Advocate general recommends CJEU rejects appeal


Advocate general recommends CJEU rejects appeal

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An advocate general has advised the Court of Justice of the European Union (CJEU) to reject an appeal from, a German online marketplace for vehicles, over a decision on the validity of its ‘’ trademark.

Eleanor Sharpston handed down her opinion yesterday, November 23., an eBay subsidiary, appealed against the General Court’s decision affirming that Bulgarian media company Rezon had genuinely used the earlier mark for ‘mobile’.

The dispute dates back to 2008, when filed two applications with the European Union Intellectual Property Office (EUIPO) for the ‘’ mark for goods and services in classes 9, 16, 35, 38 and 42.

Three years later, Rezon filed two applications for invalidity based on the ‘mobile’ mark it had registered in Bulgaria for services in classes 35 and 42.

Class 35 relates to services including advertising business management, (which Sharpston described as “mainly being in connection with vehicles”). Among other things, class 42 covers “scientific and technological services; industrial analysis and research services; and design and development of computer hardware and software”.

Rezon was asked to submit evidence of prior genuine use, but in March 2013, the EUIPO Cancellation Division rejected both of Rezon’s applications for declarations of invalidity in their entirety.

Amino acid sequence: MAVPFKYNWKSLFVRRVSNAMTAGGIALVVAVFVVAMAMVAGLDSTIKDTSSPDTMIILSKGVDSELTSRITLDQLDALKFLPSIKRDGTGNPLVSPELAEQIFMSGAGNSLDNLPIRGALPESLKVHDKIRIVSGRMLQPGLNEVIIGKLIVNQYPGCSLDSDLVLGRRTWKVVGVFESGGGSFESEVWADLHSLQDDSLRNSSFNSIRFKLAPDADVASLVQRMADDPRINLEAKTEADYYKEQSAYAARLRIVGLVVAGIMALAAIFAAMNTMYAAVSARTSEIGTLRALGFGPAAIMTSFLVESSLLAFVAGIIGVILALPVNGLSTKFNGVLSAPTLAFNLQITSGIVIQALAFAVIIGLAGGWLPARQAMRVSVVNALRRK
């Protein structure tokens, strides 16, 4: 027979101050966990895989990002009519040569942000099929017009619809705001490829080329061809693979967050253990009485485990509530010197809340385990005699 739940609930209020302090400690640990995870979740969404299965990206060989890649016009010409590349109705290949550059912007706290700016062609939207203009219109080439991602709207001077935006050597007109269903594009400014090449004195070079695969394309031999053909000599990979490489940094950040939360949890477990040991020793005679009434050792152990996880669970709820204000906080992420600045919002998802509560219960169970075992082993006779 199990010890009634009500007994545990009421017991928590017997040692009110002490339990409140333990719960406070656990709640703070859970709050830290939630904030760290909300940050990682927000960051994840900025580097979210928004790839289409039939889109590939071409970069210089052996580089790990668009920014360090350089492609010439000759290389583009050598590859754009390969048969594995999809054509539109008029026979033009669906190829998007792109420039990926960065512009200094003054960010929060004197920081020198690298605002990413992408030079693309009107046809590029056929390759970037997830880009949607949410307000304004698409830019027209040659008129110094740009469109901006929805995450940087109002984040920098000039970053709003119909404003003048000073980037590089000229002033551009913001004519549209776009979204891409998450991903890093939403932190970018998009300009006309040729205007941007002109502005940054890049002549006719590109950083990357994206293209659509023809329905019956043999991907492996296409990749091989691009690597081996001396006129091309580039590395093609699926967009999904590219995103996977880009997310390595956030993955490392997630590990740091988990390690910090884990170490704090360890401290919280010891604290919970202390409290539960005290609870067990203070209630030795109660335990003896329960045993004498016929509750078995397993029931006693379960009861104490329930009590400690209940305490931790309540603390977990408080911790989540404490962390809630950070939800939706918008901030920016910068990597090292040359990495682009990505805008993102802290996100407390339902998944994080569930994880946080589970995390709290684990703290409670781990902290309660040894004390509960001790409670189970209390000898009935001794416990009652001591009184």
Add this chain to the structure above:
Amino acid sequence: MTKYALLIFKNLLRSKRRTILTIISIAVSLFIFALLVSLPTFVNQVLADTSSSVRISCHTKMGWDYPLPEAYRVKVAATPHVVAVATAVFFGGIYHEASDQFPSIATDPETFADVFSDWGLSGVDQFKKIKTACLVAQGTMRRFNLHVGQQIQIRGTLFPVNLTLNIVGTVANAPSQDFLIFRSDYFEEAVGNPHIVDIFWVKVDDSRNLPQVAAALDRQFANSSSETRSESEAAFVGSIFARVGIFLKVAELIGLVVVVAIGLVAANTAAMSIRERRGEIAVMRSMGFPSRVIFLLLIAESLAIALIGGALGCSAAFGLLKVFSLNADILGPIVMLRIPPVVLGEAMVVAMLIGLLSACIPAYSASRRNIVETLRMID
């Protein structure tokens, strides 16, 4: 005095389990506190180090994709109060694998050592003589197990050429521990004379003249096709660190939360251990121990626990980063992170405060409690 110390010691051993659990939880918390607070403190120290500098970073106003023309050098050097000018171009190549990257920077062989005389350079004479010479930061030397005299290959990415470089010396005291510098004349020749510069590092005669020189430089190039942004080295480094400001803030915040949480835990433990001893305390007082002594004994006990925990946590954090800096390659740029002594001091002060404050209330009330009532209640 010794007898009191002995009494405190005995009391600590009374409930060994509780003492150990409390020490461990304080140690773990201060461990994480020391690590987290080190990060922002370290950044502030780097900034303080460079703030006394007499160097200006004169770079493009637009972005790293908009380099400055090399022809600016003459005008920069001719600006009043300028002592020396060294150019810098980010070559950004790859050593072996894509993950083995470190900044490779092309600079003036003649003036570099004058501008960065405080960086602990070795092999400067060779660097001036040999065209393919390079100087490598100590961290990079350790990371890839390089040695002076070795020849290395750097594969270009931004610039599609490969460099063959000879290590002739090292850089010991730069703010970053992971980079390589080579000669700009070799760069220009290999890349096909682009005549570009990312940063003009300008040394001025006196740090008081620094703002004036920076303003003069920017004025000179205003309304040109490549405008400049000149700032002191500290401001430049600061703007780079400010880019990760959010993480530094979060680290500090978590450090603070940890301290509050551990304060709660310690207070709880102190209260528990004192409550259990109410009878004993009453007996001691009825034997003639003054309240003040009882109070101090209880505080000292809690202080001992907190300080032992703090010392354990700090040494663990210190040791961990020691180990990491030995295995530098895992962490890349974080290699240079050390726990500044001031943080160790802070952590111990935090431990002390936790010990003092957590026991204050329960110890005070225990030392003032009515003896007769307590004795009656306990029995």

However upon appeal, the Board of Appeal annulled the Cancellation Division’s decisions. The cases were remitted to the Cancellation Division for “examination of the invalidity request on its merits pursuant to article 64 of Regulation No 207/2009”, which is called “Decisions in respect of appeals”.

The appeals board found that on the basis of further evidence submitted by Rezon, there was genuine use of the earlier mark for certain advertising services in class 35, “but not for all services in that class, as claimed by Rezon, and not for any services in class 42”.

In July last year, lodged an appeal to the General Court, saying that the board had misinterpreted Regulation No. 207/2009, but the court dismissed the appeal. then appealed to the CJEU, asking it to set aside the General Court’s judgment and order the EUIPO to pay all costs.

Sharpston suggested that this appeal should be rejected.

“I consider that the General Court’s reasoning can be interpreted in a manner that is consistent with article 64(1) of Regulation No. 207/2009 and that the judgment under appeal is well founded in that respect,” she explained.

She did, however, state that could still use the mark for certain goods and services in class 42.

“Another way of looking at’s complaint is to ask whether the Board of Appeal’s decision to remit the cases in their entirety means that cannot use the EU trademark which it has registered for those categories (and subcategories) of goods for which genuine use has not been established by Rezon. 

“It seems to me that clearly can use its trademark for those goods and services. That view is based on the General Court’s reading of the Board of Appeal’s decision taken as a whole—the operative part read together with the reasoning set out therein.”

Sharpston said that should pay all costs.

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